Hopefully, this is all part of the “becoming a better person” scheme.
I’ve been listening to the Yeasayer song 2080 on repeat. The chorus hits home:
It’s a new year, I’m glad to be here It’s a fresh spring, so let’s sing In 2080 I’ll surely be dead So don’t look ahead, never look ahead
It fits how I’m feeling at the end of 2014, not that I’m against looking ahead. I wildly alter my five year plan daily.
What resonates is the idea of simmering in the present, appreciating what’s happening now. I’m trying to savor the fact that it’s nearly 2015, that I’m 24 years old, and that I’m fortunate to be chasing my dreams (however awkwardly).
Yesterday, an AirAsia plane went missing en route to Singapore hours before I boarded a flight of my own. I keep getting reminded that EVERY MOMENT is a gift. It could have been my budget aircraft that went down. I could have easily died in the Petchaburi pool accident. I could get hit by a Toyota Camry in Fresno the next time I visit home. I’m lucky to be lazily typing this. With 2014 coming to a close, I wrote this blog post to reflect on that luck.
The year was a blur filled with epic experiences and way too many Negronis. I worked with incredible people, saw beautiful things. So much happened before Bangkok that most of the year feels like a lifetime ago. Here’s a snapshot recount:
January – European blitz with Ariel through Dublin, London, and Paris; Made a lot of people mad at Le Comptoir Du Relais Saint-Germain. March – My grandpa turned 90; Officially left my side gig at Café des Amis. May – One year anniversary in San Francisco; Family visits the city. July – Staged a bit at Alta CA.
(San Francisco Apartment)
August – Temporarily moved to Oakland; Outside Lands. September – Left Wagstaff; Last trips to Fresno and LA to see my family; Said goodbye to San Francisco with Leah, AJ, Clayton and Jacob; Got on a plane to Bangkok with Haley and Amber. Started at HotelQuickly. October – Weird solo adventures to Manila and Hua Hin. November – Nearly killed myself in that pool; Family and friends came to my rescue; Started freelance writing. December – Turned 24.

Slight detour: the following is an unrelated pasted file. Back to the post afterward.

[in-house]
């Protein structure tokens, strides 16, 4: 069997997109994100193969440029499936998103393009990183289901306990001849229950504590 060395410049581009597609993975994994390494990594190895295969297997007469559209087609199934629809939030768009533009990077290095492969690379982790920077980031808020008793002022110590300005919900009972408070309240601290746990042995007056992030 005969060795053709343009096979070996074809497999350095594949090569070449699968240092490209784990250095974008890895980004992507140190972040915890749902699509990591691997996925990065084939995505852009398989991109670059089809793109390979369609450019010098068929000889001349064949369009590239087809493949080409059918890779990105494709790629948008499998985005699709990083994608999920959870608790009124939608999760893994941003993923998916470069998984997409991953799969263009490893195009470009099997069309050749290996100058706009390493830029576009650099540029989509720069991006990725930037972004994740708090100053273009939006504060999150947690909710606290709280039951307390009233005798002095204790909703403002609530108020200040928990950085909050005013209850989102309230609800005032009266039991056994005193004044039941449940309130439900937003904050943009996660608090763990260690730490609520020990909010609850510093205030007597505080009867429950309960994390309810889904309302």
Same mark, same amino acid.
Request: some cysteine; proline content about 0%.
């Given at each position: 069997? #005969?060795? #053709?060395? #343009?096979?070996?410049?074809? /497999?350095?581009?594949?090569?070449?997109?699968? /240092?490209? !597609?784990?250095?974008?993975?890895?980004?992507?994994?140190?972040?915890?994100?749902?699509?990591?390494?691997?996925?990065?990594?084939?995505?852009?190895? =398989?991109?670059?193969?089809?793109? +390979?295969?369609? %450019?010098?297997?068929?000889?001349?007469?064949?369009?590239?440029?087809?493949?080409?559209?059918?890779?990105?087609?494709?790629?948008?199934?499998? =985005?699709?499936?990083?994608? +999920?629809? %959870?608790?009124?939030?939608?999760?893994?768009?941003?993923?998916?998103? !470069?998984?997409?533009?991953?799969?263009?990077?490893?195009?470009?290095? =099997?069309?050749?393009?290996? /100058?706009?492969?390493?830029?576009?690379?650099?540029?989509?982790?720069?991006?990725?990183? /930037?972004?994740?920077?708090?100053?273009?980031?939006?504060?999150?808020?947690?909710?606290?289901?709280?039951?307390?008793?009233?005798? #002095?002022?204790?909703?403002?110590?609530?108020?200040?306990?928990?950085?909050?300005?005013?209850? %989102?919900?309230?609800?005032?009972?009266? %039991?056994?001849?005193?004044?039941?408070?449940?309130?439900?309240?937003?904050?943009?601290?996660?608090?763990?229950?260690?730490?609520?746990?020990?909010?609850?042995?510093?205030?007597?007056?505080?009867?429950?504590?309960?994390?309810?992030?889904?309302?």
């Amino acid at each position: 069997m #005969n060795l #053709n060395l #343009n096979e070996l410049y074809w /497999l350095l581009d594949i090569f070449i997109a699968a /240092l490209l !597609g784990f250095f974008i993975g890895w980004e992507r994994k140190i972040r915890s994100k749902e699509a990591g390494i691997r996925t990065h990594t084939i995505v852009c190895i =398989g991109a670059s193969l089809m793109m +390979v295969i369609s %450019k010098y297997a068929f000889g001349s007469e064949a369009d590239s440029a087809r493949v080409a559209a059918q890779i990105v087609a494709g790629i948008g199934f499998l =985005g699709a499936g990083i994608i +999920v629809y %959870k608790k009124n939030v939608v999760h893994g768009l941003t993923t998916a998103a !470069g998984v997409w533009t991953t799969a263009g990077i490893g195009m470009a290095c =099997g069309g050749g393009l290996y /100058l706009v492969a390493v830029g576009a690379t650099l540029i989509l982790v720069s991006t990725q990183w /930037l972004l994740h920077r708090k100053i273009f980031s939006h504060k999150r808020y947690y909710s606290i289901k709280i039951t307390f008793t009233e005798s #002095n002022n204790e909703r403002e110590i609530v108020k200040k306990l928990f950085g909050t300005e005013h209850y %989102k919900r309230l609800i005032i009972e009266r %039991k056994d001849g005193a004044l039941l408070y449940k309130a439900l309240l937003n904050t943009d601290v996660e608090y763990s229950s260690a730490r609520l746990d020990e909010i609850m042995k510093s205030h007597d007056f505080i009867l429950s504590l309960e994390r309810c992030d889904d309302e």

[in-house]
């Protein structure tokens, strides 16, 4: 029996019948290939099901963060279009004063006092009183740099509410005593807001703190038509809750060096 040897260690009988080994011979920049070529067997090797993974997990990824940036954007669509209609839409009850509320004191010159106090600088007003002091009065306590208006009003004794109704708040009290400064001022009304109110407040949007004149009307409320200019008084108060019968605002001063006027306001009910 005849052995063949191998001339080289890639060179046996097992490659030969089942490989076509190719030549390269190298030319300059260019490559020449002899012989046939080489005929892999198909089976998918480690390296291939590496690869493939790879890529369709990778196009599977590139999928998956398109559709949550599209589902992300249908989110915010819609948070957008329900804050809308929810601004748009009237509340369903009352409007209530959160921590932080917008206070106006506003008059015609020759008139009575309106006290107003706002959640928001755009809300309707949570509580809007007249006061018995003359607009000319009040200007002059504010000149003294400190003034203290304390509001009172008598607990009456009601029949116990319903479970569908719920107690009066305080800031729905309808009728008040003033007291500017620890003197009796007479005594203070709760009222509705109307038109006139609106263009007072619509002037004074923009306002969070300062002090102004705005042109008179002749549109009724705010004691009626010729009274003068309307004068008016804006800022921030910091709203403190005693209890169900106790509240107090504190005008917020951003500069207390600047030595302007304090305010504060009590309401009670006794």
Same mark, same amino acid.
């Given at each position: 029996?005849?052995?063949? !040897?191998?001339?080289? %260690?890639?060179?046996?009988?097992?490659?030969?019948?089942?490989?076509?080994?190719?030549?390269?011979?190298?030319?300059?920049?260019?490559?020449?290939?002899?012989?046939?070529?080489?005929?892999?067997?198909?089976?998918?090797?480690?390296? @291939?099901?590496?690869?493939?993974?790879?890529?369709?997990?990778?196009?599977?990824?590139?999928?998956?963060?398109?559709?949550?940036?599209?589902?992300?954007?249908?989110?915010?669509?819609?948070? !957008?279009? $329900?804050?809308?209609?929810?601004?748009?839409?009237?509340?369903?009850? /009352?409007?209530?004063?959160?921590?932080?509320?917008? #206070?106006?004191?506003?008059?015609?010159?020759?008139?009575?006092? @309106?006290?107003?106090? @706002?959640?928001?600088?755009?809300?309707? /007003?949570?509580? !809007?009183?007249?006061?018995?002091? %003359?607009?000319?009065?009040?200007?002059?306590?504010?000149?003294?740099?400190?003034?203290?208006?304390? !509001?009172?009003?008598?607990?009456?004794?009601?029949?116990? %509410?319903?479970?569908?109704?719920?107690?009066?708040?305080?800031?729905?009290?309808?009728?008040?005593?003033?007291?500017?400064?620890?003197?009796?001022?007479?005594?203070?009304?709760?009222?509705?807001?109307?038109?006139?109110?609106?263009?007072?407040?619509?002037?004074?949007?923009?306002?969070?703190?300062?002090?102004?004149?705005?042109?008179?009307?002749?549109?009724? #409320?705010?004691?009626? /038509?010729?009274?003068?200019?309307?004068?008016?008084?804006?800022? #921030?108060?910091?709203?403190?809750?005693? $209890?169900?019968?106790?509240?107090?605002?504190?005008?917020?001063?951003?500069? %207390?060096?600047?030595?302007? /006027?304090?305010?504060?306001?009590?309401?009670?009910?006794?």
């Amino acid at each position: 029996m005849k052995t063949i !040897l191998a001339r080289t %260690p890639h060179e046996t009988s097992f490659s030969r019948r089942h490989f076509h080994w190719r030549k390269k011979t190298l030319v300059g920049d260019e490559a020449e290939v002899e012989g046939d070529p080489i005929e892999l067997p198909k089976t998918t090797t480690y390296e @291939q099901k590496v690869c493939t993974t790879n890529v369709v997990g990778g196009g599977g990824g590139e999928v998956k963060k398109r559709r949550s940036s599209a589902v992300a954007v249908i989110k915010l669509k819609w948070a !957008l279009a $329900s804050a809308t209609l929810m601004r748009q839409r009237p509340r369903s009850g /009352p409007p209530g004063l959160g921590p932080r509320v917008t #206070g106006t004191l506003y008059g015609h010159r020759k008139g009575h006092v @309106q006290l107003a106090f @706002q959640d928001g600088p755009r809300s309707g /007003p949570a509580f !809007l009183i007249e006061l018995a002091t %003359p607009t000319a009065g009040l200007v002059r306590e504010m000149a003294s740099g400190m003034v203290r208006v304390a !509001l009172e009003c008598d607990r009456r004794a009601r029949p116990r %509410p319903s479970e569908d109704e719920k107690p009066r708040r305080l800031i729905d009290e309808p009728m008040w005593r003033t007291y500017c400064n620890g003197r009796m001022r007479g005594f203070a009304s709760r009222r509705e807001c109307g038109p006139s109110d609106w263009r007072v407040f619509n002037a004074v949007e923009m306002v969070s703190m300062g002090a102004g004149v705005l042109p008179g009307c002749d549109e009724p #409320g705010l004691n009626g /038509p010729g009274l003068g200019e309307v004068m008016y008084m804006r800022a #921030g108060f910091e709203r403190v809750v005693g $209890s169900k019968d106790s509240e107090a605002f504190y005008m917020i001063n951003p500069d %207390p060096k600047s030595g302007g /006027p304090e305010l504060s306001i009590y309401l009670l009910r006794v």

Beyond the snapshot, I reminisced about the year gone by as I stood in line at a Thai bank the other day.
I thought back on my time at Wagstaff, where I cut my teeth in the professional world and made so manymistakes. It was where I learned more than I could have imagined from Kiaran, Keelin, and the rest of the team. Where I picked up the phone and dialed my cross-country, invaluable mentor, Jeff. Where I lunched with Nicole, Meg, and Katherine. Where I fell in love with A16, TBD, and Farallon.
It was more than a job, it was a life, and a good one.
I wouldn’t have been at Wagstaff, or standing in line at a Bangkok bank, if it wasn’t for the boundless support from my family. My parents have consistently swooped in and saved the day with their love, resources, and manpower this year (and of course all the ones before that). My brother and sister in law took me into their Oakland home so I could save money before my move. My sister and her fiancé continue to keep me grounded, and feed me encouraging advice regularly. My extended family sends love through mail and social media. Whether bound to me by blood or law or whatever, these people helped build the foundation of my life. I’d be an idiot not to remind them how grateful I am for that help.
While I’m barrelling down this tunnel of thankfulness, I obviously can’t leave out my friends and coworkers at HotelQuickly. I arrived in Bangkok with the comfort of a job, complete with welcoming colleagues who turned out to be literal life savers.
Through the insanity of the year, friends new and old played vital roles in sustaining my happiness and sanity. To all of you, thank you.
This post can hardly scratch the surface of the joy, pain, and weirdness of 2014. If anything, I hope it can convey how happy I am to be watching another sunset hit the towering Bangkok skyscrapers.